The blog I am writing now was on the restoration of a worn and tired Cavalier that came from Paresh’s Grandfather’s collection. Like the rest of the pipes in his Grandfather’s collection the pipe was very dirty but to me it showed some promise. I had never seen a pipe like this with detachable briar parts, a metal shank and a horn stem. It was an interesting piece that showed an interesting grain under the grime. The stain colour was a contrast of browns and the brass band on the top of the shank was a nice addition. The rim top was almost destroyed. There were cracks and a portion of the top was burned away. The bowl was out of round and had a thick cake. The inner and outer edge of the bowl showed the damage of burning and poor reaming. The exterior of the bowl and shank showed a lot of wear and dirt. There was a metal tube pinched on between the bowl and the upright shank. It was hard to know what the tube was and if it matched the brass band. There was also a bone ball cap on the end of the shank in front of the bowl that was worn but still whole. The horn stem had some tooth marks and chatter on the top and underside and some wear on the button edge but otherwise it should clean up nicely. Paresh, Abha, Pavni and Jeff and I all turned the pipe over in our hands wondering what we were going to do with it. It needed a lot of work and would never be flawless. But we decided to go ahead with the restoration anyway and see what we would get. We took photos of the pipe at this point in the process to show the parts and the condition. I took a photo of the top of the bowl to capture the damage to the rim top and the cracks in the bowl radiating down the sides. I took photos of the shank extension and the horn stem on the end to show its condition as well. The shank extension and stem were in decent condition so that was a blessing to be thankful for at this point in the process. I took photos of the sides of the bowl to show the cracks that surrounded the pipe – both width and depth. We took the pipe apart and took photos of all of the parts. It later became clear that the cap on the bottom of the shank also was removable but at this point it was solidly in place and could not be removed.I started the cleanup process by topping the bowl on this old timer before Paresh and his family arrived at the apartment for the day. I topped it on topping board with 220 grit sandpaper. I scrubbed the exterior of bowl with undiluted Murphy’s Oil Soap and a cotton pad to remove the grime. I rinsed it off with warm water to remove the soap and grime. About that time Paresh and his family arrived for the day’s work. He and Abha looked the bowl over and Pavni agreed to sand it out on the inside. But before any of that could happen we needed to drill small holes at the end of each crack. Paresh used his magnifying glass and a black permanent marker to put spots on the end of each of the holes. These would guide us as we drilled each of them. It turned out that each crack had several branches radiating from them and would require a lot of drilling. After marking each crack Paresh drilled a small hole in the end of each one. I wiped the holes down with a cotton swab and alcohol to remove the debris. We filled in each of the holes and the cracks with clear super glue and briar dust. We packed the glue into the holes, repeated the glue and added more dust as necessary to build up the repairs. When the repaired areas had dried I used a needle file to smooth out the repair and blend it into the surface of the briar. I sanded the repaired areas with a folded piece of 220 grit sandpaper to further blend them into the surface of the surrounding briar. Overall the patches and repairs were looking pretty good. I was surprised by how good the pipe looked.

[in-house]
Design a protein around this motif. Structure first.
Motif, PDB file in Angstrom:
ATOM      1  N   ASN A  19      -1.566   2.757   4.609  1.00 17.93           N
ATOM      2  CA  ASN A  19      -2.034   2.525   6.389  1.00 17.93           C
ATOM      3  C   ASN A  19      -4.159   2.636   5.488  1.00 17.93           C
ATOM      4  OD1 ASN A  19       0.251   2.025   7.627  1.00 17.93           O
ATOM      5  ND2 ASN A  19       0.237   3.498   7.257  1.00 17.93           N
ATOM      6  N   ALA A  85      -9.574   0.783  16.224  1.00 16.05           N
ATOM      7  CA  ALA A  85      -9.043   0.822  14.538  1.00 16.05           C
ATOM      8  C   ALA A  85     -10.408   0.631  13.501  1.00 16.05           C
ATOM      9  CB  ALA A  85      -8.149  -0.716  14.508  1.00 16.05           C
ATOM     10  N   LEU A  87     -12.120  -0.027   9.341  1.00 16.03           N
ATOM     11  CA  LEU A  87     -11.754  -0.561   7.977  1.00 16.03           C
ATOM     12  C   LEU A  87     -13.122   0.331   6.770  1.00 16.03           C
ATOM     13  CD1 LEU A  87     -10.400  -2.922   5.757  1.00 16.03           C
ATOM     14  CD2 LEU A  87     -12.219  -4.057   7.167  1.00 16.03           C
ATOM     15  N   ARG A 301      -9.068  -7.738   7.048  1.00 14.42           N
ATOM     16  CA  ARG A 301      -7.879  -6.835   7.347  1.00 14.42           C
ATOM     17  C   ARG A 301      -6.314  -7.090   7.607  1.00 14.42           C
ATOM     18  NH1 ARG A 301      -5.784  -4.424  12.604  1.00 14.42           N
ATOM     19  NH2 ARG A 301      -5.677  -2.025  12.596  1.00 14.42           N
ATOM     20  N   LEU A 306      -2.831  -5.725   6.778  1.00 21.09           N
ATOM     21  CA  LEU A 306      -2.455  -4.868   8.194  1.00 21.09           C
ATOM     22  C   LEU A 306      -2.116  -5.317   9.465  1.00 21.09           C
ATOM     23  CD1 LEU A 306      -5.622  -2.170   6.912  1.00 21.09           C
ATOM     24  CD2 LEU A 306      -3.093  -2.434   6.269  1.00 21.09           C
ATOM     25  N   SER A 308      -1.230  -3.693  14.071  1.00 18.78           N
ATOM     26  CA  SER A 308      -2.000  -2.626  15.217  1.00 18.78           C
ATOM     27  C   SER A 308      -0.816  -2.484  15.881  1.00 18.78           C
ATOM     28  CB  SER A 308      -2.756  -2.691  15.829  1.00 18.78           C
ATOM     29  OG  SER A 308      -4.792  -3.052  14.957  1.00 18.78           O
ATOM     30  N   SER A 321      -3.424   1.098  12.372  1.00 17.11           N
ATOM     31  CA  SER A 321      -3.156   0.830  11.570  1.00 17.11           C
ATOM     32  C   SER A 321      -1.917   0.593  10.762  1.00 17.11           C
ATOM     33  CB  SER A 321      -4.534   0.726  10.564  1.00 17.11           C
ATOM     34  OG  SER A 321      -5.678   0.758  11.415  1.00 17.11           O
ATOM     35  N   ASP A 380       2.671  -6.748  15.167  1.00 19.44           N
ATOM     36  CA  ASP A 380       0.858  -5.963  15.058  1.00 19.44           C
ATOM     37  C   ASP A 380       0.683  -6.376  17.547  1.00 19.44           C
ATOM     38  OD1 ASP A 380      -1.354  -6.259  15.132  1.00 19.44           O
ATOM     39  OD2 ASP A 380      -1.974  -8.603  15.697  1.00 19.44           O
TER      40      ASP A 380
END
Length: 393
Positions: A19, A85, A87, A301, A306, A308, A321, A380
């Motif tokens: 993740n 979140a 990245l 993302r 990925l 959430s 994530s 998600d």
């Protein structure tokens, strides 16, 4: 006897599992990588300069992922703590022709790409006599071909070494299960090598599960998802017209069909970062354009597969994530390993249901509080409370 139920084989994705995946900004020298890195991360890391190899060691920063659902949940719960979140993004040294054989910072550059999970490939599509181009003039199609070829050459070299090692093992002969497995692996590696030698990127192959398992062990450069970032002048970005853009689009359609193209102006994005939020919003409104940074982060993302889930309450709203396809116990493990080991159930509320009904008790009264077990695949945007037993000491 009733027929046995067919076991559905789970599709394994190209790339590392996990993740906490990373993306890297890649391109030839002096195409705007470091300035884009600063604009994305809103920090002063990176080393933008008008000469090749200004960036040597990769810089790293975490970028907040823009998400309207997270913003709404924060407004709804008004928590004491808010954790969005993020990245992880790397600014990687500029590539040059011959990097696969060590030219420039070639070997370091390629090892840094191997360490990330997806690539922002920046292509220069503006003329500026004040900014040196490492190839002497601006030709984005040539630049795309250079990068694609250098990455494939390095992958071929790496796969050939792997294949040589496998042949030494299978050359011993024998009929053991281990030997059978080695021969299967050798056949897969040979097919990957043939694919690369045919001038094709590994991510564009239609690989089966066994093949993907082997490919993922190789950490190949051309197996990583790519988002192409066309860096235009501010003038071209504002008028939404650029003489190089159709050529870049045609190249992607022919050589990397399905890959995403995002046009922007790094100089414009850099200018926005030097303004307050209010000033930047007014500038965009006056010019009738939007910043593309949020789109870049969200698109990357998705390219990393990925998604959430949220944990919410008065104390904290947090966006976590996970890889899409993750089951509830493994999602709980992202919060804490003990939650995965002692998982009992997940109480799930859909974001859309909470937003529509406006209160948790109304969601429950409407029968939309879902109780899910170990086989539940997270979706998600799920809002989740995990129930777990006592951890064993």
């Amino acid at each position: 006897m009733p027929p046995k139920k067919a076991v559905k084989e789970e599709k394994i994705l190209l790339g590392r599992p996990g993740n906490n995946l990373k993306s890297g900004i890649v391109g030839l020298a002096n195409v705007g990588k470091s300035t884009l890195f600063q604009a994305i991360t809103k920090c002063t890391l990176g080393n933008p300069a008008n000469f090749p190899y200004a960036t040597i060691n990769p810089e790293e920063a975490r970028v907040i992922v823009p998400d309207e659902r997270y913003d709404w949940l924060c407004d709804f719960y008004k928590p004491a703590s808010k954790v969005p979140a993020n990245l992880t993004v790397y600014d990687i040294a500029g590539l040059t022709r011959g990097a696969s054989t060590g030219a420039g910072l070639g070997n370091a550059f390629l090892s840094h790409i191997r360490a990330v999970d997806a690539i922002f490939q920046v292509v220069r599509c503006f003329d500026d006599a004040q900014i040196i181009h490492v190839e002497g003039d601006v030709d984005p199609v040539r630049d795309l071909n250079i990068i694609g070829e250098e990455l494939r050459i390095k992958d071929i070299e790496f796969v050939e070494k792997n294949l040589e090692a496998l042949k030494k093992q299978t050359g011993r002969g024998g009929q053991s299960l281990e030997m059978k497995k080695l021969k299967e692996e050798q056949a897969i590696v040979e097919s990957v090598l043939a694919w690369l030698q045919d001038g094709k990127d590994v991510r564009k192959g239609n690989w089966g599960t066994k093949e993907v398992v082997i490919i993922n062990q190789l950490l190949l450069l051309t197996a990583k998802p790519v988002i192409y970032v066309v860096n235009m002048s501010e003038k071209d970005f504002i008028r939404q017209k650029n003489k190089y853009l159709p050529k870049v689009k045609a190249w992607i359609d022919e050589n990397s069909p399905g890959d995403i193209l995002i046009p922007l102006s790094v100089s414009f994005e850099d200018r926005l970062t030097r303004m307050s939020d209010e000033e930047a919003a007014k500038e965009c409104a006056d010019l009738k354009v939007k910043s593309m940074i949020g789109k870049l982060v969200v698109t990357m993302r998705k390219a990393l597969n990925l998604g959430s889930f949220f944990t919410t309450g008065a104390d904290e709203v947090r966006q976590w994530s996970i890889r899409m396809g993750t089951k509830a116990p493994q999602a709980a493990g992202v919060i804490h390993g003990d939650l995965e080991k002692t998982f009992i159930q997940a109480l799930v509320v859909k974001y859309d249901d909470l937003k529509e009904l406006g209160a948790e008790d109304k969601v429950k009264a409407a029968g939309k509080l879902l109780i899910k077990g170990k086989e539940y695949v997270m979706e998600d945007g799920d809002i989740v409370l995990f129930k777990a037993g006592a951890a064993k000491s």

While I was working on the bowl Paresh addressed the issues with the stem. He cleaned the interior with pipe cleaners and alcohol and scraped the buildup on the stem surface with the blade of an exacto knife. He cleaned up the straight edges of the button with a needle file and reshaped the surface of the button at the same time. He followed that by sanding it with a folded piece of 220 grit sandpaper to smooth out the file marks. He filled in the deep tooth marks on the stem surface and on the button top with clear super glue. When the repair had dried he sanded it with 220 grit sandpaper to smooth it out. While Paresh was working on the stem, I finished the repairs and sanding on the bowl. Then I turned my attention to the shank piece. I cleaned it out with alcohol, cotton swabs and pipe cleaners. I wiped down the outside of the shank with Murphy’s on cotton pads. I finished this section about the same time that he finished the stem work.I worked on that and simultaneously to Paresh and my work, Jeff was working on the shank portion. He scrubbed the briar and the metal with oil soap. He worked over the metal shank piece with 0000 steel wool and we were all surprised with the copper that was under the oxidation. The shank band was also loose so he cleaned that as well. It was brass. Abha and Jeff went to work on cleaning the inside of the parts of the shank. Many pipe cleaners, cotton swabs and alcohol later the interior was pretty clean. They tried to remove the knob at the end of the shank but it did not come loose at all. No matter how much they worked on it the knob was still tightly in place.Paresh decided to give the knob a try. He painted the edges around the know with alcohol and scraped the crud that was built up around the joint between the two parts. He kept at it and then low and behold the knob turned and came off in his hands. What was revealed was a lot more of the crud that Jeff and Abha had been removing. Abha cleaned out the inside of the cap and the threads with cotton swabs and alcohol. Once the inside was cleaned and the threads were cleaned they were able to finish cleaning out the inside of the shank.I put the shank pieces together and glued the clean brass band on the top of the shank. The pipe shank and parts were looking pretty good at this point. There was still a lot of polishing to go but the  Cavalier was going to look very good. We took the pipe apart and began the process of polishing the briar and stem. I worked on the shank and stem. For ease of sanding I put the stem on the shank and  polished the stem and shank with micromesh sanding pads – wet sanding with 1500-12000 grit pads and wiping it down with a cloth after each pad. Paresh carefully reamed the bowl with a Castleford Reamer. We worried as he turned the cutting heads that the bowl would split but all remained intact as he cleaned it out. Pavni polished the inside of the bowl with 220 grit sandpaper to smooth out the walls and give them a shine. Paresh polished the bowl with micromesh sanding pads – wet sanding with 1500-12000 grit pads. He wiped it down with a cloth after each set of pads. The photos show the growing shine of  the bowl. I polished the cleaned knob with micromesh sanding pads – wet sanding with 1500-12000 grit sanding pads. Paresh polished the shank  parts with micromesh sanding pads – wetsanding with  1500-12000 grit pads. The briar began to come alive again. With all the parts polished it was time to take the next step. We rubbed down all of the parts with Before & After Restoration Balm. We buffed it by hand with a microfibre cloth. We put all the polished and “balmed” pieces together on a background and showed what the pipe looked like now.We put the pieces back together and took photos of the pipe at this point. We called it a day and Paresh took the pipe home with him. He wanted to polish it and wax it with his Dremel. He buffed it with White Diamond and gave it multiple coats of carnauba wax. When he brought it back the next morning it was a beauty. We took pictures of the finished pipe to show its beauty. The pipe really looked more alive, with the grain popping through. We decided not to stain it but left it as it stood after using the balm. The polished wax made the grain stand out. What started out as a possibility now became a reality. Paresh could now smoke and enjoy both the history of the pipe and carry on its legacy. The photos below tell the story. Thanks for looking.